That said, Keiichi & Co. won’t take this second defeat lying down. They and the rest of the class commit to asking everyone they know to descend upon CWS at once to insist they do more to protect Satoko. Rika stares semi-maniacally into the middle distance, assured that they are amassing the power to tear through fate and save Satoko.

I appreciated Shion’s infusion of rage into this crisis as a sign that yelling and stabbing is rarely the best way forward; Keiichi is likely 100% right that Satoko would not take her uncle’s death well, especially if a friend killed him, even if he deserves it. That said, Rika’s and Rena’s voices constantly shifting between “cutesy” and “serious” got a bit…silly at times.

Judging from the previous arcs, it’s unlikely the gang will succeed in saving Satoko. Then again, never before has everyone been on the same side working so hard to prevent disaster. “People can’t live without hope,” says Rika…so I’ll hold out hope a bit longer.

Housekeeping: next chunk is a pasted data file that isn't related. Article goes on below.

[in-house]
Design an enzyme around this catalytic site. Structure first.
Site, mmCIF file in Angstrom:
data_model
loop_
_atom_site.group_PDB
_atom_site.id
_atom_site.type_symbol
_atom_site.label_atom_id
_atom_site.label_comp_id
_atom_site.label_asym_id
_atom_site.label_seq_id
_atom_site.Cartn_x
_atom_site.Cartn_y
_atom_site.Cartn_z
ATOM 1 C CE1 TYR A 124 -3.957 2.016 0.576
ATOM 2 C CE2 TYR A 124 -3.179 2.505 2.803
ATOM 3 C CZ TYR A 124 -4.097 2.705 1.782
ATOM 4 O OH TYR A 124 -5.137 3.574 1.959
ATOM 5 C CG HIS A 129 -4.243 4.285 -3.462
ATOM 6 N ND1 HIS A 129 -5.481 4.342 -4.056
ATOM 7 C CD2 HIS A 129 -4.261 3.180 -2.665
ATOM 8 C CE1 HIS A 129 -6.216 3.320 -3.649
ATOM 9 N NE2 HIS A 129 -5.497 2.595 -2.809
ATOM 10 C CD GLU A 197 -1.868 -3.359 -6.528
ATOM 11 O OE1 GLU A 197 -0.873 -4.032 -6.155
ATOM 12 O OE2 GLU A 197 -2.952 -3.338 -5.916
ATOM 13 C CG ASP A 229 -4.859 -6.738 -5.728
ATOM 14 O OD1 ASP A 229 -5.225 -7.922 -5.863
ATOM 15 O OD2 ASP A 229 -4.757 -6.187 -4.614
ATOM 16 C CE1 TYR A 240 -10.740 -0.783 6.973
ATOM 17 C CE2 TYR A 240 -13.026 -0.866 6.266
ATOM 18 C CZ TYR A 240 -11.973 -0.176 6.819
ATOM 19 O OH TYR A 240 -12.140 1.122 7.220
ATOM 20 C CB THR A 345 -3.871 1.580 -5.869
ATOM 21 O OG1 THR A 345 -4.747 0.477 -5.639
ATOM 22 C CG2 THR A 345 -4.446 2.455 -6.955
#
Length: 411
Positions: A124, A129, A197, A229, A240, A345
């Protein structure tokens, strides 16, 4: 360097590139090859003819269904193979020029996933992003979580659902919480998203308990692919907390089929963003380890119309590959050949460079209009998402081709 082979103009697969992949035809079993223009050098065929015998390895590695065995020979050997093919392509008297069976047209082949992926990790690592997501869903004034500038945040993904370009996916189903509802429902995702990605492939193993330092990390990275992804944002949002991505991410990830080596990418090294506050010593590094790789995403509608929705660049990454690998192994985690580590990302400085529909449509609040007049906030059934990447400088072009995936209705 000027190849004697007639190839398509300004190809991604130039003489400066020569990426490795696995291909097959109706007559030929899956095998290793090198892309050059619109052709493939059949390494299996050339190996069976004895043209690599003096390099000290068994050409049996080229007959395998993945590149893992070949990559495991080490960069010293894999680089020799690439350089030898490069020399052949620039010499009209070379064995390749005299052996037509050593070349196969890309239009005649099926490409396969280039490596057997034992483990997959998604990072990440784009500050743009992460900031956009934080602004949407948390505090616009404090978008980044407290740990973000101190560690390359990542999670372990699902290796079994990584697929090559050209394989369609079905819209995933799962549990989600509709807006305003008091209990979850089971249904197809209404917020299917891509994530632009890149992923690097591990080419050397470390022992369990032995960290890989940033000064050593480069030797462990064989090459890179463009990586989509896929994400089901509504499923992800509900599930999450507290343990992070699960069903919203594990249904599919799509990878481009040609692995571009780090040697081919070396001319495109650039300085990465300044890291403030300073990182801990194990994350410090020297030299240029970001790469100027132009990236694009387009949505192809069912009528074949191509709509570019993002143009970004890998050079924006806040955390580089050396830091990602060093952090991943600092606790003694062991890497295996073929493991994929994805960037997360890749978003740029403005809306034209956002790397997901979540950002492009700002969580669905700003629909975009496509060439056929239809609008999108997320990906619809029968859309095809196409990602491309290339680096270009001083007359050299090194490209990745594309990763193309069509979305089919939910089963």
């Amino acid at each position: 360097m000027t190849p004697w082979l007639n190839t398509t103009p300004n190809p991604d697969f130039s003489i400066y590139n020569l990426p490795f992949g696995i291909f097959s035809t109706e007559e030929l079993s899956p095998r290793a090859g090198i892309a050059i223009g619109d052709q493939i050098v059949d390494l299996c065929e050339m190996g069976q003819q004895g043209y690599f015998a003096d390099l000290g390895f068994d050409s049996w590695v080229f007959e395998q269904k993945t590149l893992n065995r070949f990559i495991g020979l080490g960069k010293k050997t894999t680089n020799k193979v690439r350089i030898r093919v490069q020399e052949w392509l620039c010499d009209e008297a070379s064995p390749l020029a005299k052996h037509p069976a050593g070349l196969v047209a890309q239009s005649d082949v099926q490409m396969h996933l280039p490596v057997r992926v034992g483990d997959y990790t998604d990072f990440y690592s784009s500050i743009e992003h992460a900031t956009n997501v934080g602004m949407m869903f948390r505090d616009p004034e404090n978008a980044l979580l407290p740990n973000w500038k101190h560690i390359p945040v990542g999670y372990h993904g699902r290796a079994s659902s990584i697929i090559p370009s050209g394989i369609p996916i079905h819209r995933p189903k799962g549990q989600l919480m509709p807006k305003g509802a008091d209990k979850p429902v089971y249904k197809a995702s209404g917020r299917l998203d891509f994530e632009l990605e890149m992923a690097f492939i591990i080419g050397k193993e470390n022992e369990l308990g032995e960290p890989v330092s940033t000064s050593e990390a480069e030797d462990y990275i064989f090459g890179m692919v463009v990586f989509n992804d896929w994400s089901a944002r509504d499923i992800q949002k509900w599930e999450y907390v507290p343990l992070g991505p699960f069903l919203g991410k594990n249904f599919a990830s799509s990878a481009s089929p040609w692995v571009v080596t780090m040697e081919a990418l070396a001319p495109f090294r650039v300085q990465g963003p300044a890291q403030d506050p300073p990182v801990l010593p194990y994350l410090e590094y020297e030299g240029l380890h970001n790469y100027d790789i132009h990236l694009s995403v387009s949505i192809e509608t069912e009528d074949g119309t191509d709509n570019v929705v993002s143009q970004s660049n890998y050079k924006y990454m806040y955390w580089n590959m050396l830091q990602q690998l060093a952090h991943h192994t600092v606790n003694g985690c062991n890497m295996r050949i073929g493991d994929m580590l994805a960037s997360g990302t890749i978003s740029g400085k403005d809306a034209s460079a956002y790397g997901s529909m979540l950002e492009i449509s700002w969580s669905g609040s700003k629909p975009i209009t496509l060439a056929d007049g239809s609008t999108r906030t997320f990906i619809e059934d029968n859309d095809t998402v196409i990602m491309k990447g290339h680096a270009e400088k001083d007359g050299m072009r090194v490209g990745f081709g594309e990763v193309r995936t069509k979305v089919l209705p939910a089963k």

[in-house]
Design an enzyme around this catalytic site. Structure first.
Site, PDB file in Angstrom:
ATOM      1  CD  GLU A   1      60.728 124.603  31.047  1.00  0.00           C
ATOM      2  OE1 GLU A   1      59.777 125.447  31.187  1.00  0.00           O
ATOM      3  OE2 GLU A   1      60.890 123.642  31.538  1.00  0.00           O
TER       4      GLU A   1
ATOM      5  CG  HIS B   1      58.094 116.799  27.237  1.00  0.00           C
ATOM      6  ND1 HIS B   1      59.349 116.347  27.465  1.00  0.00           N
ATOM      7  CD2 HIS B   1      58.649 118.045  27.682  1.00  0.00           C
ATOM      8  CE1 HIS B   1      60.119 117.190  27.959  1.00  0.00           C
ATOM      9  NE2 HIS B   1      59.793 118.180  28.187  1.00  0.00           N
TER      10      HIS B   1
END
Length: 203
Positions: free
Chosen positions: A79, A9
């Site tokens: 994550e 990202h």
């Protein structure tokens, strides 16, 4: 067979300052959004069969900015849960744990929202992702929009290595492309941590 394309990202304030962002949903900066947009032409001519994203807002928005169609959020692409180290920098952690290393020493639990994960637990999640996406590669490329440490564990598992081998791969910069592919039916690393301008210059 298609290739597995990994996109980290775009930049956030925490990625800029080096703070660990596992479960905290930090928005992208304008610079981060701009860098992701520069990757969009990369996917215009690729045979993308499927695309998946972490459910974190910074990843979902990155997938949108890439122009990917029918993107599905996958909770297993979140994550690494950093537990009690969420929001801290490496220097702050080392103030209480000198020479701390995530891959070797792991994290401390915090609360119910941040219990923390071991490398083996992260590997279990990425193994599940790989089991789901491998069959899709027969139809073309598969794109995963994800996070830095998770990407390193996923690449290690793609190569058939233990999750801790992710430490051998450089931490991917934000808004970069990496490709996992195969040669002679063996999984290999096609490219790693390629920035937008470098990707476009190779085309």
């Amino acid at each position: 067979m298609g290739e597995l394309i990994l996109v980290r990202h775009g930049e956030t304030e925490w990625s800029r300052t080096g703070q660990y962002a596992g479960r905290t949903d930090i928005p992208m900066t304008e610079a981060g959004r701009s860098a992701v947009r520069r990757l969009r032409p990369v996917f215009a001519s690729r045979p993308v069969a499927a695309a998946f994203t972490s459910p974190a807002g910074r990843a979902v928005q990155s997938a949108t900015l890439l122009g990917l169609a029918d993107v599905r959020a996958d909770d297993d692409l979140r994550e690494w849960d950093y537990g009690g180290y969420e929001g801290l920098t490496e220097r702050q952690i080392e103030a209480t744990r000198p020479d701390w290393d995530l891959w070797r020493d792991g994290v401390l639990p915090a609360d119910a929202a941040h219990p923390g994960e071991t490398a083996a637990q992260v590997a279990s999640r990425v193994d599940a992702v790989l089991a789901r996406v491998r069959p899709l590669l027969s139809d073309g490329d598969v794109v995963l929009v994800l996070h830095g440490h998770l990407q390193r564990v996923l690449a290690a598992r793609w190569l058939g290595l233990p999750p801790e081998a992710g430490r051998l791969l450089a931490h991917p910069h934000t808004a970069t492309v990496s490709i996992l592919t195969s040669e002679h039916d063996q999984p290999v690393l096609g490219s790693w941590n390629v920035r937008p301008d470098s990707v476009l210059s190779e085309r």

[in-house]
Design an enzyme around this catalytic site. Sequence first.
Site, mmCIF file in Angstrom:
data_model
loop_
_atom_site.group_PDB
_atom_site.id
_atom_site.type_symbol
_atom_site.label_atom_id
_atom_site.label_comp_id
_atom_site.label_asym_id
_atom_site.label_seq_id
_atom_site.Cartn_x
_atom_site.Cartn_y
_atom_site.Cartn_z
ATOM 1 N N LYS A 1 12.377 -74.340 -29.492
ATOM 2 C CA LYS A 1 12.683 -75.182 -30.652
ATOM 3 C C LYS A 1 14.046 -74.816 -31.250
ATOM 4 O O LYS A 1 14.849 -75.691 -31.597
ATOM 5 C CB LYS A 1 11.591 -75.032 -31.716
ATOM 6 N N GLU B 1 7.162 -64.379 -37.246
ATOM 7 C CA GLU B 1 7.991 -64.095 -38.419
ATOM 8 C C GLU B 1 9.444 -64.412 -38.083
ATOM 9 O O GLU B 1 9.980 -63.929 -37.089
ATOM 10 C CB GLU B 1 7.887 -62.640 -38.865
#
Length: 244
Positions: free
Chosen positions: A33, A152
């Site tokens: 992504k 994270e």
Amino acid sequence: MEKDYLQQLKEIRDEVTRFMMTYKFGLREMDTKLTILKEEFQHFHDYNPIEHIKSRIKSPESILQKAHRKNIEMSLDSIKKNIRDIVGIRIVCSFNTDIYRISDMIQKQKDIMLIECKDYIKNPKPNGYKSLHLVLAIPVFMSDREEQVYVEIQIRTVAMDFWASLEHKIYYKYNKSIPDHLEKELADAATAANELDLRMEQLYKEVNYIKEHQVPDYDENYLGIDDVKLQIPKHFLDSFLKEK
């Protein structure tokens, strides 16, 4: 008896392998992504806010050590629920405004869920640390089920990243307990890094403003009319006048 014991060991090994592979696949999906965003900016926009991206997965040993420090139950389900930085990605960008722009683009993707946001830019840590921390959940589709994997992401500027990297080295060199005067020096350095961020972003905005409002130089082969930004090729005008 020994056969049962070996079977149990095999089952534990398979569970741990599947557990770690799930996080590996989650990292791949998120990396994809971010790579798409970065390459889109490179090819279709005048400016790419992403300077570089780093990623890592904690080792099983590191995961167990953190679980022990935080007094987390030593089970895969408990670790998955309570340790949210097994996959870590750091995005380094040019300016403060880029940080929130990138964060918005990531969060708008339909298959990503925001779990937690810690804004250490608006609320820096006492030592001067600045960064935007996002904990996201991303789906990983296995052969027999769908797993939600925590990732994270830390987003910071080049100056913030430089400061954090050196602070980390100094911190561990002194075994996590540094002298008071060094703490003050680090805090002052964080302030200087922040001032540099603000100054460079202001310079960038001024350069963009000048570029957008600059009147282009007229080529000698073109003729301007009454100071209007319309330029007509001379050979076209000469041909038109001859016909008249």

The Day I Became a God – 04 – Slapping the Winds Together

After a virtually incomprehensible cold open in which Suzuki watches an interview between two scientists that left me scratching my head, we’re back to the Narukami residence, with Youta catching the beautiful, brilliant lawyer Tengan Kakou on the TV.

Before he knows it, Hina is winning an online mahjong preliminary in his name, stamping his ticket to the in-person tournament organized by his TV crush! Even Izanami, a mahjong buff herself, attends along with his best mate Ashura.

I’m just going to put this out there: I don’t know jack-squat about competitive Mahjong, having only played the solitaire version that’s just matching up like tiles. Narukami is similarly a complete novice, but received precise divine instruction from Hina. His resulting tactics in the game do not conform to the traditional competitive play—which just happens to be what Tengan Kakou wants.